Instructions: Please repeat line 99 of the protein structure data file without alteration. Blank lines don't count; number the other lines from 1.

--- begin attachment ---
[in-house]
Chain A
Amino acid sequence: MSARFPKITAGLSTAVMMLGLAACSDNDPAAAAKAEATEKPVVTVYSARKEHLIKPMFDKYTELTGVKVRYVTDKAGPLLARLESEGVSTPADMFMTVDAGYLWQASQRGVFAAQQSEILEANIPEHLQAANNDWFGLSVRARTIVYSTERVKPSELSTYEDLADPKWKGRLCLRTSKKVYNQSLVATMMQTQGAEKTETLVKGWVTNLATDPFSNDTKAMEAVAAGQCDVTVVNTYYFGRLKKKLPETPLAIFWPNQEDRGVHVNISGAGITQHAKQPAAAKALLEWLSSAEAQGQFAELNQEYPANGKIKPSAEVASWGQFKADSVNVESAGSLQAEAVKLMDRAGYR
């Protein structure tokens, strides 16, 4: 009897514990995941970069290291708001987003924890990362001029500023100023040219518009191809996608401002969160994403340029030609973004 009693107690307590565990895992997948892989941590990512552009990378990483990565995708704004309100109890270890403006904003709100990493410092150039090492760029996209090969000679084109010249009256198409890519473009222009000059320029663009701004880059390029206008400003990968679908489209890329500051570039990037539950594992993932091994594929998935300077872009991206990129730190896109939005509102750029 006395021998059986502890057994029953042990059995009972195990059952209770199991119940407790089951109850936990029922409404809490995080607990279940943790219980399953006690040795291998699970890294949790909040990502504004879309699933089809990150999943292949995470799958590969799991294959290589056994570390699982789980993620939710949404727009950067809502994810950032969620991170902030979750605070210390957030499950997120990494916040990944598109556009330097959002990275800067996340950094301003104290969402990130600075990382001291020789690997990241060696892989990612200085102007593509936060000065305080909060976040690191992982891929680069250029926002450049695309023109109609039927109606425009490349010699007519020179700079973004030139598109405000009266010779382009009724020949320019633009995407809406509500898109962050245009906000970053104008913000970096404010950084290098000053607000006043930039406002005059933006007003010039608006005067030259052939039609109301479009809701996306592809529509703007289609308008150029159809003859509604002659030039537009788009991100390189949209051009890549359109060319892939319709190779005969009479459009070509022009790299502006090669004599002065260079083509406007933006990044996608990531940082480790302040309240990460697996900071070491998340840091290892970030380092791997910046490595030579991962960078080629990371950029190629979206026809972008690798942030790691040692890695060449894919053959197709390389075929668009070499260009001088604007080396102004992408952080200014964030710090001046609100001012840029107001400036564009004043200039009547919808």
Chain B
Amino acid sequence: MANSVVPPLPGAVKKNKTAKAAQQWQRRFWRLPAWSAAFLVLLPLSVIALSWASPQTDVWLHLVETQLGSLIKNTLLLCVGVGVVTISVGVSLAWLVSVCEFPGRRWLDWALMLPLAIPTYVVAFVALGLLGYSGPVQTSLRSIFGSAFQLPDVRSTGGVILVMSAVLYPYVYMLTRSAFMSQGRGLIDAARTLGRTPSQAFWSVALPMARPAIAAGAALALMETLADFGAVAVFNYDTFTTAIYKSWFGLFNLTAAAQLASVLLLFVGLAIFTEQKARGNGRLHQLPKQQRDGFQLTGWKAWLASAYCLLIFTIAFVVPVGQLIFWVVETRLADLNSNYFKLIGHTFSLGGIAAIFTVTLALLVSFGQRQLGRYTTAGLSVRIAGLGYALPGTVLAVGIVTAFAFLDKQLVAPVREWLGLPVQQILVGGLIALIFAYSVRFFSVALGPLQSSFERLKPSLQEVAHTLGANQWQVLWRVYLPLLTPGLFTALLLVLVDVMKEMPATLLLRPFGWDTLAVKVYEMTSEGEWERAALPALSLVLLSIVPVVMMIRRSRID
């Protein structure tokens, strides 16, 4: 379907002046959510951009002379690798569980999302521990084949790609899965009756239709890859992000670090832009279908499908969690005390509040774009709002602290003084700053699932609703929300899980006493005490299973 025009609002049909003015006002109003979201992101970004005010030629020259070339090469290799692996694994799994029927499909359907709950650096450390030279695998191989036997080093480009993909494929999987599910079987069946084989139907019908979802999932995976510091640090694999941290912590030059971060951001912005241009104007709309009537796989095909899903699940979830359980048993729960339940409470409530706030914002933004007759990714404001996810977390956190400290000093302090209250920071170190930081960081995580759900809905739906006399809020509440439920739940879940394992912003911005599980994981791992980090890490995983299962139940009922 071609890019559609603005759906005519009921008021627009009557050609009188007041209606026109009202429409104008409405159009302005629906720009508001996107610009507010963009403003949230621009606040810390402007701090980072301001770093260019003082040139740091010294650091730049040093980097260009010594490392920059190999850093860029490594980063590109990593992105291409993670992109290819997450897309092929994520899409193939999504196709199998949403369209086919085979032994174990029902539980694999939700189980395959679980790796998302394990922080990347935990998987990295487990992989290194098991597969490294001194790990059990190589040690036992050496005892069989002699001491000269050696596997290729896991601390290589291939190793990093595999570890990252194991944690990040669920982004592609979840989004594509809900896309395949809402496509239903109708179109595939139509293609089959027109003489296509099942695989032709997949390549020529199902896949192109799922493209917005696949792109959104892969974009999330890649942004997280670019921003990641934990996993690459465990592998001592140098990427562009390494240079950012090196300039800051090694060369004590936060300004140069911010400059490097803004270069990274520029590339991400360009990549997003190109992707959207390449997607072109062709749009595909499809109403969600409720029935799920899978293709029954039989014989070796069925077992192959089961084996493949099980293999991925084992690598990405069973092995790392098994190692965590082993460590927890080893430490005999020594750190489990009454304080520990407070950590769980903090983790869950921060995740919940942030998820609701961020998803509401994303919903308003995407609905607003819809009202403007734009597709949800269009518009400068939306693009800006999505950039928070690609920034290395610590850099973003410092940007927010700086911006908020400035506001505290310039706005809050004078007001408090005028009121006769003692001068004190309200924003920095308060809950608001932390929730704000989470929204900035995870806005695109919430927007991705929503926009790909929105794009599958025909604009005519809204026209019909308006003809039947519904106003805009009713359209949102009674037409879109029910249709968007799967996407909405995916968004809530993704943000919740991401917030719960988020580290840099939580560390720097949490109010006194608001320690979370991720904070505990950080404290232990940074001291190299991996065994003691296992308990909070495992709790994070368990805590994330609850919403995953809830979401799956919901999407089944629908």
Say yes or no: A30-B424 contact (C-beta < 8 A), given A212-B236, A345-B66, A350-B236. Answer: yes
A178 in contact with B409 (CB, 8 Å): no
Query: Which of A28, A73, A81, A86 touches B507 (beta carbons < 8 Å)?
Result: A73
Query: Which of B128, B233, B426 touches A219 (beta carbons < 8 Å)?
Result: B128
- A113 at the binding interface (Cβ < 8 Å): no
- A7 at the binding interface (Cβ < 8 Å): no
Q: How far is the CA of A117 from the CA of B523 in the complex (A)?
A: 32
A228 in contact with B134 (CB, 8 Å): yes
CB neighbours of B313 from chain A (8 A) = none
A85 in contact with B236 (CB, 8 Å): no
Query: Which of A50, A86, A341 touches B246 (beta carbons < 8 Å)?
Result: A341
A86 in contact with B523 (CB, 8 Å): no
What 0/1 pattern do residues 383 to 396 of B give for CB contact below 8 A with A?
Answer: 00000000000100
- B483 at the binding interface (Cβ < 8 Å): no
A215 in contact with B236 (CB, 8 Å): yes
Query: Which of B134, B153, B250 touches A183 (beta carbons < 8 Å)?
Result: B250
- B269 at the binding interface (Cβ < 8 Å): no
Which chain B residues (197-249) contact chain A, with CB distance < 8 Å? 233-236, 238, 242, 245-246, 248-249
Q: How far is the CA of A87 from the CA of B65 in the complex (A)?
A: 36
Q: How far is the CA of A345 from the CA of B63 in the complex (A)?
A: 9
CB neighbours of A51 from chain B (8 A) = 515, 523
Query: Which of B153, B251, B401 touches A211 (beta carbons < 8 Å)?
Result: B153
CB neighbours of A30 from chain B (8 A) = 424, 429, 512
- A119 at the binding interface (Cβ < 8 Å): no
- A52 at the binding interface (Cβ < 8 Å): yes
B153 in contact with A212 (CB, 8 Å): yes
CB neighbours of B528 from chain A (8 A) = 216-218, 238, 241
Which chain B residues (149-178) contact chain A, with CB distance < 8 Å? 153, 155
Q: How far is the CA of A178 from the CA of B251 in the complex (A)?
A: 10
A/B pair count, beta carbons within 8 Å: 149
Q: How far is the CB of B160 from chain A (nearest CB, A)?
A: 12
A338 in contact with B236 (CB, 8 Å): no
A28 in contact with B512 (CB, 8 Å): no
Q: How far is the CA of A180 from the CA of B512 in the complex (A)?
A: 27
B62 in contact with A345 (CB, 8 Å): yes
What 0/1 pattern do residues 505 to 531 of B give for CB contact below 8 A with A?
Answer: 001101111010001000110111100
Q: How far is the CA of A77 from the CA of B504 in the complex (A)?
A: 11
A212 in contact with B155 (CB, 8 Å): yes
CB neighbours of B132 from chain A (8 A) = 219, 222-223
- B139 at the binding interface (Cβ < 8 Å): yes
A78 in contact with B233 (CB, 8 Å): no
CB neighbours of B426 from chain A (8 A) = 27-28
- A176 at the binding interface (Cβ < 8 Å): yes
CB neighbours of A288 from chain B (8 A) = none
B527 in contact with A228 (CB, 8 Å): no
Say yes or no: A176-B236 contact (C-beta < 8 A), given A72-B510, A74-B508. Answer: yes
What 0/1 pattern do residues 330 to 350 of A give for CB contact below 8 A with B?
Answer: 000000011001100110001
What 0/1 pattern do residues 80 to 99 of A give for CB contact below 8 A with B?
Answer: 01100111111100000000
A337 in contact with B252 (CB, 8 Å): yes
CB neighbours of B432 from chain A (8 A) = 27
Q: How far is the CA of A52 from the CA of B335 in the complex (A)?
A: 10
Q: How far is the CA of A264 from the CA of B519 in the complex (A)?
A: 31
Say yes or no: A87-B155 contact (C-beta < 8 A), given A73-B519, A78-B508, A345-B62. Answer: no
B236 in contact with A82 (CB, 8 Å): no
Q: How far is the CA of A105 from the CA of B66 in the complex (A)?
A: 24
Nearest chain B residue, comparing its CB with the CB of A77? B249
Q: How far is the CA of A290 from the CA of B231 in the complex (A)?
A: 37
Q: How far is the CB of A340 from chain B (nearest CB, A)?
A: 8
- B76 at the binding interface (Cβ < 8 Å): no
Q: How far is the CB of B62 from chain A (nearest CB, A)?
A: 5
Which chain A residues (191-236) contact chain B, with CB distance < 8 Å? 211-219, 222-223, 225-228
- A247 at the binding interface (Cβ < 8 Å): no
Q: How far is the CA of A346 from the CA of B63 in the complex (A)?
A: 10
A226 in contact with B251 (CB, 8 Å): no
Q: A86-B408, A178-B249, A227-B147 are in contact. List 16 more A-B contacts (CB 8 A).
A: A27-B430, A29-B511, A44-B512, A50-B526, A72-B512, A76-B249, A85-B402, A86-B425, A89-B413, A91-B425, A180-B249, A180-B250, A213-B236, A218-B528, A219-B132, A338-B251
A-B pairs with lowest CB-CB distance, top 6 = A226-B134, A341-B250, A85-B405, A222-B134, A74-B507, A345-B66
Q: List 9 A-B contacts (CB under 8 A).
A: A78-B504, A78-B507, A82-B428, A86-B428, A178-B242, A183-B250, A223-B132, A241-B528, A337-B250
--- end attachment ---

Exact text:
A: A78-B504, A78-B507, A82-B428, A86-B428, A178-B242, A183-B250, A223-B132, A241-B528, A337-B250